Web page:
THURSDAY, Feb. 6, 2020 (HealthDay News) — In a Society for Developmental and Behavioral Pediatrics Clinical Practice Guideline, published online Jan. 30 in the Journal of Developmental and Behavioral Pediatrics, recommendations are presented for the management of complex attention-deficit/hyperactivity disorder (ADHD) in childhood.
William J. Barbaresi, M.D., from Boston Children’s Hospital in Massachusetts, and colleagues developed guidelines to facilitate integrated, interprofessional assessment and treatment of children and adolescents with complex ADHD.
According to the guidelines, upon referral from a primary care clinician, a clinician with specialized training or expertise should initiate a comprehensive assessment and develop a multimodal treatment plan for any child or adolescent with suspected or diagnosed complex ADHD. Previous diagnoses should be verified and coexisting conditions assessed using an evidence-based approach. Psychoeducation about ADHD and its coexisting conditions and evidence-based behavioral and educational interventions should be implemented at treatment outset. Behavioral and educational interventions should be provided to all children and adolescents with complex ADHD. Treatment should include evidence-based approaches and account for coexisting conditions while respecting family background and preferences. Treatment should focus on functional impairment, not just reduction of symptoms. Treatment of complex ADHD should include ongoing scheduled monitoring of patients throughout the life span, with an emphasis on key developmental transitions.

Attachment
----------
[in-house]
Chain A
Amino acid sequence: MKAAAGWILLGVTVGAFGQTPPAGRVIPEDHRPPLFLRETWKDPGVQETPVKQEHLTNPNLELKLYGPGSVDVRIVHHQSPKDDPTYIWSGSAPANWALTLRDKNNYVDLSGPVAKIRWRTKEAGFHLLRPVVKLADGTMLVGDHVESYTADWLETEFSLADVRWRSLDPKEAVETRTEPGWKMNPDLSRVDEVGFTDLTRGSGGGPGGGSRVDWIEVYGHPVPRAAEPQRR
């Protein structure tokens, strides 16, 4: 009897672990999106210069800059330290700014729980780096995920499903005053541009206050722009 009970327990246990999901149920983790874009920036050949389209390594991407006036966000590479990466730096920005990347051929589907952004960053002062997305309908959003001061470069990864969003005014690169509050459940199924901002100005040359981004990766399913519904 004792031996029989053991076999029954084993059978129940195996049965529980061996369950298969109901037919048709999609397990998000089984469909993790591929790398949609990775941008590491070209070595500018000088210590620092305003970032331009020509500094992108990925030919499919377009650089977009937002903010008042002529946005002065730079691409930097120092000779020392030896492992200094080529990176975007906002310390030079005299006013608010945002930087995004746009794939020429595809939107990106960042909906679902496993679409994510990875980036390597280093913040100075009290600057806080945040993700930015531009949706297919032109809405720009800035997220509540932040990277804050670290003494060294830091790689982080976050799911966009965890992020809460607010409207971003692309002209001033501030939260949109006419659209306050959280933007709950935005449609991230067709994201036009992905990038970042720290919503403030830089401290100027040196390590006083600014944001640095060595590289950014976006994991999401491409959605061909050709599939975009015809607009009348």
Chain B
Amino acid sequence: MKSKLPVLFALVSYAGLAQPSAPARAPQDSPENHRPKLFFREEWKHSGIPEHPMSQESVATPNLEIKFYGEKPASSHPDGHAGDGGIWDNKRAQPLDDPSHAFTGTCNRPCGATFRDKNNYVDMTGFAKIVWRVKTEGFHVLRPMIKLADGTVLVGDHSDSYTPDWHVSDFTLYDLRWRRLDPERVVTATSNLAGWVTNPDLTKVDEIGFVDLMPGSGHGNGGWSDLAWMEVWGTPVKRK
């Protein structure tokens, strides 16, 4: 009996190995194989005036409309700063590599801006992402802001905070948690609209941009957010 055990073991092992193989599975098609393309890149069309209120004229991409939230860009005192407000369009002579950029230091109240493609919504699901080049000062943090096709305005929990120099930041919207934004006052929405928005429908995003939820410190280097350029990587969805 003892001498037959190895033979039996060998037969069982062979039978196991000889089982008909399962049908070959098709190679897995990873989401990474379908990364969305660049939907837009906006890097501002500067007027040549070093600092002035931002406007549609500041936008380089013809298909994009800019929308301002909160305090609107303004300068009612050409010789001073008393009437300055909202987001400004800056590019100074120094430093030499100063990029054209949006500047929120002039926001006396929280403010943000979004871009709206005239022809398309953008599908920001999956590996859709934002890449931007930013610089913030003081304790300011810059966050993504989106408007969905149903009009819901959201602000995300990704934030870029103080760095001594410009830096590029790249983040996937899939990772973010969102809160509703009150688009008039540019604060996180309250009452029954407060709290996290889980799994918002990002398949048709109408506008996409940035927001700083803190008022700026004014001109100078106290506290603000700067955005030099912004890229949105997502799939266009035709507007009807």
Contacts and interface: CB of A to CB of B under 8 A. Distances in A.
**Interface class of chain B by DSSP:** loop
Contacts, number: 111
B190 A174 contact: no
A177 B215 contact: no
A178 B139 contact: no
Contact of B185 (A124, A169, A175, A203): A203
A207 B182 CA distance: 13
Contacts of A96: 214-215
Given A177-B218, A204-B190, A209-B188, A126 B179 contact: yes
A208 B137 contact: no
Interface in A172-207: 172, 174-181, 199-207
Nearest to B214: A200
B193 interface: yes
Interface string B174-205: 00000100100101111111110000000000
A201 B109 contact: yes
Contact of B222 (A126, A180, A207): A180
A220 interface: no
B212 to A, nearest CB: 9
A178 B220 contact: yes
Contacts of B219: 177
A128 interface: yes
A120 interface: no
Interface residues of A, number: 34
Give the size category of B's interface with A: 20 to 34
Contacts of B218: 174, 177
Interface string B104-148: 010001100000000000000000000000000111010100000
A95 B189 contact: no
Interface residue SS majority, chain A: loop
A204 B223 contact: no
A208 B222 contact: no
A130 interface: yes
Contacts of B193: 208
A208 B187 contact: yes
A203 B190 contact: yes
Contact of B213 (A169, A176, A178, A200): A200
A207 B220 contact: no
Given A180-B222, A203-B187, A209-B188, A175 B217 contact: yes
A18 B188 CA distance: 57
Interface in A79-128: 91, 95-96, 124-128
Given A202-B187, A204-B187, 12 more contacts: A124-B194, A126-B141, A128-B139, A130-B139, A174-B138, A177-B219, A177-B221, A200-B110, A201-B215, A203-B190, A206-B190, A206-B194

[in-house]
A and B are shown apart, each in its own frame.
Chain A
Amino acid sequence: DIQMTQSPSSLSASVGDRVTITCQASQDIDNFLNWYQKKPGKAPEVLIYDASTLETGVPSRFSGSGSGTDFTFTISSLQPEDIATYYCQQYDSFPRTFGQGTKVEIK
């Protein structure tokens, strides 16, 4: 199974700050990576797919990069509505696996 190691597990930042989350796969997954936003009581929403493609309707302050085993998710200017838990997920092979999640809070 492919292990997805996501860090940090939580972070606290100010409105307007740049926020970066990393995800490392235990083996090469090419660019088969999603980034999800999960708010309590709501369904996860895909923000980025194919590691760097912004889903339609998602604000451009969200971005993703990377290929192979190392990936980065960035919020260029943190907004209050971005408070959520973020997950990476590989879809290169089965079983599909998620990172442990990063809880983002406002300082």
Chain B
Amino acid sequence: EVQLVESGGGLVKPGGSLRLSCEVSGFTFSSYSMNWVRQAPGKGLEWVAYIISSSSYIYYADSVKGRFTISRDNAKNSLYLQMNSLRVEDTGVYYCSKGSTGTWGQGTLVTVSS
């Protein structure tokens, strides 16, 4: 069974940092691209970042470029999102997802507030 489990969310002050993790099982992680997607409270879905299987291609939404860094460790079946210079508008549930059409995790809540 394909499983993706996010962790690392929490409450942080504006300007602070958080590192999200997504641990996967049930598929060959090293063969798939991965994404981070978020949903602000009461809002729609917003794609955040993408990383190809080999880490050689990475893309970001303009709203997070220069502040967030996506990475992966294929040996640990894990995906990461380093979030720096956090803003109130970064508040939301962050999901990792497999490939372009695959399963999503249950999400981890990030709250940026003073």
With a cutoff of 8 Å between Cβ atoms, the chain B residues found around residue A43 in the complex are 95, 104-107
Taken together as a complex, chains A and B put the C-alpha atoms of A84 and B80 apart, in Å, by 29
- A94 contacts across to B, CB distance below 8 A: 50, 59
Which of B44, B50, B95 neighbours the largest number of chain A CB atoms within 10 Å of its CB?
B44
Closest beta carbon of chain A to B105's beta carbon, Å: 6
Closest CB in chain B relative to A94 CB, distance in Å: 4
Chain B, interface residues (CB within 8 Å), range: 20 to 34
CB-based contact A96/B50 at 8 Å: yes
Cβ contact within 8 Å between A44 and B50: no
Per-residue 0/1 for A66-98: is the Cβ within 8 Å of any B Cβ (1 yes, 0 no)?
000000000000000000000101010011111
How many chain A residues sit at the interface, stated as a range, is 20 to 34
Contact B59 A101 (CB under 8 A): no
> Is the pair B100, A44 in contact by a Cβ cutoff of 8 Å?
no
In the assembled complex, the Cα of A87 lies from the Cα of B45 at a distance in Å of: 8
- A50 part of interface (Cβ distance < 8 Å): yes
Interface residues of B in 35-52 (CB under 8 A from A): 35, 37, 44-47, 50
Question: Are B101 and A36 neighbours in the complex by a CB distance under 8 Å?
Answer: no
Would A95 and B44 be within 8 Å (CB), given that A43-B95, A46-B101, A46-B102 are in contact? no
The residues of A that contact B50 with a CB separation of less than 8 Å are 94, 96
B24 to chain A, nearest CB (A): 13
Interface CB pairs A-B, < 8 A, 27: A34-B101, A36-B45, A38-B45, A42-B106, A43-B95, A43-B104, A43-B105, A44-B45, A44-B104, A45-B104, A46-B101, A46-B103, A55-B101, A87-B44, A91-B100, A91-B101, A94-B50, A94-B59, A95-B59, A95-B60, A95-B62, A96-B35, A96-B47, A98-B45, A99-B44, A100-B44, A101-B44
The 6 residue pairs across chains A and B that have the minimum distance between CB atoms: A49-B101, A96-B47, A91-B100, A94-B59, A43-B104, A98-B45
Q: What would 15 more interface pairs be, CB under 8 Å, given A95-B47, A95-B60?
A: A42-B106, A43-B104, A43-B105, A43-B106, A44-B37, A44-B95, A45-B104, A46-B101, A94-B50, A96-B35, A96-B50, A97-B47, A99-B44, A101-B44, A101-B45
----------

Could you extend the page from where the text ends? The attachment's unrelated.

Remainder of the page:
“Treatment for children and adolescents with complex ADHD should focus on improvement in function — behaviorally, socially, academically — over the patient’s life, not just improving ADHD symptoms,” Barbaresi said in a statement.
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